Oregon obviously wasn’t paying attention. How else to explain the Ducks leaving at least 14 points on the field in the first half, allowing Auburn and its young QB to stay within their gameplan in the second half, trailing only 14-6 at the break.

In the end, not even Gus Malzahn’s bizarre decision not to go for 2 to tie the score in the 4th quarter cost the Tigers. Instead, the legend of Bo Nix began, as the first true freshman to start at Auburn since 1946 led an epic game winning drive in the final minute to lift the Tigers to another cardiac Cats win.

Somewhere, Rod and Paula Bramblett smiled.

Lost in the hysteria was the fact Nix was 13-for-31 with 2 interceptions to go with his 2 TDs. Nix has plenty to improve upon, however, and it’s one thing to do that on a neutral field; it will be quite another challenge in Gainesville in early October.

LSU 55, Georgia Southern 3

No honest Gator will ever be dismissive of a big win over Georgia Southern. Respect.

Did the LSU band play “Neck?” I hope so.

North Carolina 24, South Carolina 20

Gamecocks fans had a bunch of fun with Feleipe Franks’ performance vs. Miami, so let’s start with the quarterback:

Jake Bentley managed to fumble on a Hail Mary, minutes after throwing 2 costly, unthinkable interceptions and missing a wide open receiver for what would have been the winning touchdown.

If that doesn’t sum up Gamecocks football under Will Muschamp right now, I don’t know what does.

Based on one of America’s most brutal schedules, the last thing Coach Boom’s team could do was blow a lead and lose to a UNC program that has won only 5 games in the past 2 seasons and is in year one of their second era under Mack Brown.

But that’s exactly what the Cocks did, and before I bury Bentley too deep, keep in mind Boom’s vaunted defense gave up 2 90-yard touchdown drives in the 4th quarter.

And on offense, Muschamp’s staff still seems averse to giving their best player the football.

Those are good ways to lose your job.

Georgia 30, Vanderbilt 6

Georgia is terrific at playing “road games” that look like home games at Vanderbilt. Saturday night was no different, as the Dawgs painted Nashville red and black and hardly ever looked challenged, even if Kirby Smart’s reaction to every one of Georgia’s sloppy, mostly preventable 10 penalties for over 100 yards told a different story.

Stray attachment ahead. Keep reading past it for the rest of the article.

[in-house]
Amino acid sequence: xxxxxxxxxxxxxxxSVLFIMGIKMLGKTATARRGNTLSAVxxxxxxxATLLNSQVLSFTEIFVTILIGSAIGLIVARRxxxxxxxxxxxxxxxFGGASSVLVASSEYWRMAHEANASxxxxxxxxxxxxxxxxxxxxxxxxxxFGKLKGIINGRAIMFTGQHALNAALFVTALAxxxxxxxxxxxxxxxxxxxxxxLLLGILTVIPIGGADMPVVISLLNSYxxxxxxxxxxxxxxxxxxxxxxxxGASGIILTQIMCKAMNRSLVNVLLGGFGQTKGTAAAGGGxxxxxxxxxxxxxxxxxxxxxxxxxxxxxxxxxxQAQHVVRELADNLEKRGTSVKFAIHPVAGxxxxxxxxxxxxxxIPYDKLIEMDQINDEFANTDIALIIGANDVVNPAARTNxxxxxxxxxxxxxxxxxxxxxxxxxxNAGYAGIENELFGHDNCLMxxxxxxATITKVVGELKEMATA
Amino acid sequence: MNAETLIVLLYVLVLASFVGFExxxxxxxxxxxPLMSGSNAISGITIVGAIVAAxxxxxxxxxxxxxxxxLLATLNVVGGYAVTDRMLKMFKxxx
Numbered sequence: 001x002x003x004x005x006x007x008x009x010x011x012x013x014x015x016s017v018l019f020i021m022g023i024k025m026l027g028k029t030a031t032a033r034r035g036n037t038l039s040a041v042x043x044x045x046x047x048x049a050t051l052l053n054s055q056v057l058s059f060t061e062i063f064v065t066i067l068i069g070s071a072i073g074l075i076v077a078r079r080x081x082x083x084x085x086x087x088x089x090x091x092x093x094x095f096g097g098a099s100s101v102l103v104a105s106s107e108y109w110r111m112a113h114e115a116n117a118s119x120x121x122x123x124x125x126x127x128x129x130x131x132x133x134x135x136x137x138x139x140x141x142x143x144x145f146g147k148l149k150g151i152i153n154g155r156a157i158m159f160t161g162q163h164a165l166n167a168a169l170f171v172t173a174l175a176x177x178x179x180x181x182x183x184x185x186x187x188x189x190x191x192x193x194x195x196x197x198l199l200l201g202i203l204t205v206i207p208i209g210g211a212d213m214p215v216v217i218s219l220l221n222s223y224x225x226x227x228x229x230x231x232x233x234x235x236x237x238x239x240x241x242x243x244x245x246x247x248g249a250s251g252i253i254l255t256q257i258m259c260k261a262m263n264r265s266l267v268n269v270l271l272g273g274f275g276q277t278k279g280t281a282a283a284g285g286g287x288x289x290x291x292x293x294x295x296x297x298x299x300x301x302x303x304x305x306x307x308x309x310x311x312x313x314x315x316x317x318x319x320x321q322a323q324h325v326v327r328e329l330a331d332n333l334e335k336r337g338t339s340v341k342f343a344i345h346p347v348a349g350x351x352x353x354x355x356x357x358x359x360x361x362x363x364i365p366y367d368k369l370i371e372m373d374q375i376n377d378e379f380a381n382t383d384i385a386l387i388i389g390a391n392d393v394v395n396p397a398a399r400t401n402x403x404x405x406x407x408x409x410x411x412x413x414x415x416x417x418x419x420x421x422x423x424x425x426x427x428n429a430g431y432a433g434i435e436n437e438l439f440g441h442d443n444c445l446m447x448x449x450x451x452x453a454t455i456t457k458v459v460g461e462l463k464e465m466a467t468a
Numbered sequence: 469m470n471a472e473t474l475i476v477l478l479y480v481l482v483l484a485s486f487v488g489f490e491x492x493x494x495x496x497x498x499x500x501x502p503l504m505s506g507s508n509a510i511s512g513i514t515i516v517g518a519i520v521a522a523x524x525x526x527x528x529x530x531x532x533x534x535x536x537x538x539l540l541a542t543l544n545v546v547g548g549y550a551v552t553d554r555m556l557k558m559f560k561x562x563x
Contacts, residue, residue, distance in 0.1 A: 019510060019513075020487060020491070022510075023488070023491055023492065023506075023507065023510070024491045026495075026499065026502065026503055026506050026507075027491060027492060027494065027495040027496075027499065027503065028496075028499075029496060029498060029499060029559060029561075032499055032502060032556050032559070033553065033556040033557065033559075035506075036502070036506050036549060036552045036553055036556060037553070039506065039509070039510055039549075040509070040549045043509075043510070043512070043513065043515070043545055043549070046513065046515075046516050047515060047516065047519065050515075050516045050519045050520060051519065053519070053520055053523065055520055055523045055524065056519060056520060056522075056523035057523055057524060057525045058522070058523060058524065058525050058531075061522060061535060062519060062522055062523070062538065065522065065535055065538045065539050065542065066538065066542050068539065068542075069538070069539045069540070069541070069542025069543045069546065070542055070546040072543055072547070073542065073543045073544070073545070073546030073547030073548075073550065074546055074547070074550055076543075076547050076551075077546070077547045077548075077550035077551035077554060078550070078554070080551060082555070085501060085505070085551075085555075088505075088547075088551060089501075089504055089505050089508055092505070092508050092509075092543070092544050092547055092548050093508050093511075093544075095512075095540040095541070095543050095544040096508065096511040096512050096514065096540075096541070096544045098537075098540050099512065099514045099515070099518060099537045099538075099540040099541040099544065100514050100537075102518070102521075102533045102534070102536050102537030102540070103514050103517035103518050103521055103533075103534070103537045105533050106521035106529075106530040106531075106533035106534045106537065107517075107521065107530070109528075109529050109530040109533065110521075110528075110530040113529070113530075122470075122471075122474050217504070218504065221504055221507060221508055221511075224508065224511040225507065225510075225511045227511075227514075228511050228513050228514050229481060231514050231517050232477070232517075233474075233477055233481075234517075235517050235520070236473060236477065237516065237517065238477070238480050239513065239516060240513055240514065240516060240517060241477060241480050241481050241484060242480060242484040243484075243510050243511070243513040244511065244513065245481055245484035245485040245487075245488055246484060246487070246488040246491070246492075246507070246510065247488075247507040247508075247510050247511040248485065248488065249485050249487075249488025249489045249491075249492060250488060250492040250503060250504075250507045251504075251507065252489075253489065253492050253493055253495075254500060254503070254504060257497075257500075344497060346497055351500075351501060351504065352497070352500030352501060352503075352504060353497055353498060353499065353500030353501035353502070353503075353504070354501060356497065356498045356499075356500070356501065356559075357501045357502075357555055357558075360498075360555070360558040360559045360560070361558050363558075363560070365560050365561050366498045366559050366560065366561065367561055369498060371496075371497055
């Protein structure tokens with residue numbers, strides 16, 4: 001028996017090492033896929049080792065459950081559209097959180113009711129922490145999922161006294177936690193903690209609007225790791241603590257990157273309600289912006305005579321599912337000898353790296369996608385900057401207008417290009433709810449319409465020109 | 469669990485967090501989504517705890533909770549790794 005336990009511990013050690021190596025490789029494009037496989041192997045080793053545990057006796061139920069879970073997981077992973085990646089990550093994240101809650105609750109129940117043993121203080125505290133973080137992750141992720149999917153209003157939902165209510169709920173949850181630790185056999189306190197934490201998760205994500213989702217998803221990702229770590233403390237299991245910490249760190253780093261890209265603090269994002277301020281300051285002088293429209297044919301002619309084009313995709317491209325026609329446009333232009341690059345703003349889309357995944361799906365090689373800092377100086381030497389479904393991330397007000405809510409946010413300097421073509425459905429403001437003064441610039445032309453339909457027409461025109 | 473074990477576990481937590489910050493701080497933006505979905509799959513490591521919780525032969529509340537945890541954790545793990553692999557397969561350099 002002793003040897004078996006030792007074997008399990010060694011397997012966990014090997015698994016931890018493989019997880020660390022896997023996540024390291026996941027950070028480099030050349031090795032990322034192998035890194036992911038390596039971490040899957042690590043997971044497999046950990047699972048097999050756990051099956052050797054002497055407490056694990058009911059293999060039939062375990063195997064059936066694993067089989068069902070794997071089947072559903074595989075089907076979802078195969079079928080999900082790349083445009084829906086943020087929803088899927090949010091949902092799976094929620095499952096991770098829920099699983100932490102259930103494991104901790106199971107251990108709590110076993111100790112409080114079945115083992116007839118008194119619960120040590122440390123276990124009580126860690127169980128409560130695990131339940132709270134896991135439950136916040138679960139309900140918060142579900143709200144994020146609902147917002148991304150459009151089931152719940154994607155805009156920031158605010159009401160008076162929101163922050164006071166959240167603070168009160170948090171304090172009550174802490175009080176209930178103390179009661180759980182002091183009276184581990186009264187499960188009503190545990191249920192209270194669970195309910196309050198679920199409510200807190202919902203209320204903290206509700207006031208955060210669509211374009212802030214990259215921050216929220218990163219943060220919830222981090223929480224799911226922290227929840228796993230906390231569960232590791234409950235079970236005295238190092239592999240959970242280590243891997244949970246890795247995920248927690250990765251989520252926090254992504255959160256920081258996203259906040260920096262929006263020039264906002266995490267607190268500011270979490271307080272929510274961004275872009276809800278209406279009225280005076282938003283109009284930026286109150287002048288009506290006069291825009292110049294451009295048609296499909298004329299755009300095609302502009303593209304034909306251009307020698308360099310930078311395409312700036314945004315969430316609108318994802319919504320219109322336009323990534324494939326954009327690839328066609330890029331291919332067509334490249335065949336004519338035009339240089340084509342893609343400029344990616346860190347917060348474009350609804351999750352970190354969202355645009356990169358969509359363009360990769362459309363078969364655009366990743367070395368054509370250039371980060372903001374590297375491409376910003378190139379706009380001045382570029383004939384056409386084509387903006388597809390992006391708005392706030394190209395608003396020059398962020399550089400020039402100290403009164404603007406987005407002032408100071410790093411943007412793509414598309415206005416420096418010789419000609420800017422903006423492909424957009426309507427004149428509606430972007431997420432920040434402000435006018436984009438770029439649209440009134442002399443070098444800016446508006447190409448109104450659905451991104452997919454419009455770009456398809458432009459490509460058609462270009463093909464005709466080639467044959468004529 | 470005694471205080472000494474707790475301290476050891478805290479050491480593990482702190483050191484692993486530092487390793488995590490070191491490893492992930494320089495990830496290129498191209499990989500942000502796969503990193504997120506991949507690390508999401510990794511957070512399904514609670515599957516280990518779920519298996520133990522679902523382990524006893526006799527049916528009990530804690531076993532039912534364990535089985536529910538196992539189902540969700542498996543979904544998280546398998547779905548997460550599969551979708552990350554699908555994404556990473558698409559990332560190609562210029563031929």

What impressed most was the Bulldogs’ running game, which tallied 323 yards at 8 yards per carry against a Vanderbilt front that stacked the box most of the night.

If you can run the ball like that, you don’t have to worry as much about the fact receivers weren’t open too often downfield, even with Jake Fromm dropping dimes in tight coverage slots.

As for Vanderbilt, well — the QB play just wasn’t ever enough to keep them competitive. It shouldn’t be in the Swamp either.

Wyoming 37, Missouri 31

Obviously this game sets up the UCF fan’s dream: Missouri beats Florida and therefore, Wyoming > Florida, which means UCF = state champs? I think that’s how it works.

On a more serious note, Barry Odom’s teams have been notoriously slow out of the gate and this loss is the exclamation point on that trend, an embarrassing face plant for a program many felt would be 8-0 heading into the Georgia game in November.

Transfer Kelly Bryant was terrific at times, throwing for 423 yards; but his 2 red zone turnovers changed the game, and were a big reason the Cowboys secured the victory. Mizzou fans might want to wait for another Franks implosion at Faurot Field before they talk too much trash about Franks again. Just a thought.

And as a bonus …

Boise State 36, FSU 31

FSU fans were all aboard the Taggart train after the first half…

Then the second half happened.

The Noles imploded, blowing an 18-point lead and surrendering over 600 yards of offense to a Boise State team playing a true freshman QB. The Broncos went a staggeringly efficient 10-of-19 on 3rd down as well, and Boise RB Robert Mahone looked like Frank Gore, torching FSU for 142 yards.

Meanwhile, after a brilliant first half that saw FSU pile up 31 points, here’s what new offensive coordinator Kendall Briles and the offense did against a Mountain West defense in the second half: punt, punt, punt, fumble, punt, punt, punt, turnover on downs.

The only way to truly explain the implosion is culture and coaching: 1 program knows how to win and play physical, fundamental football. The other is Florida State.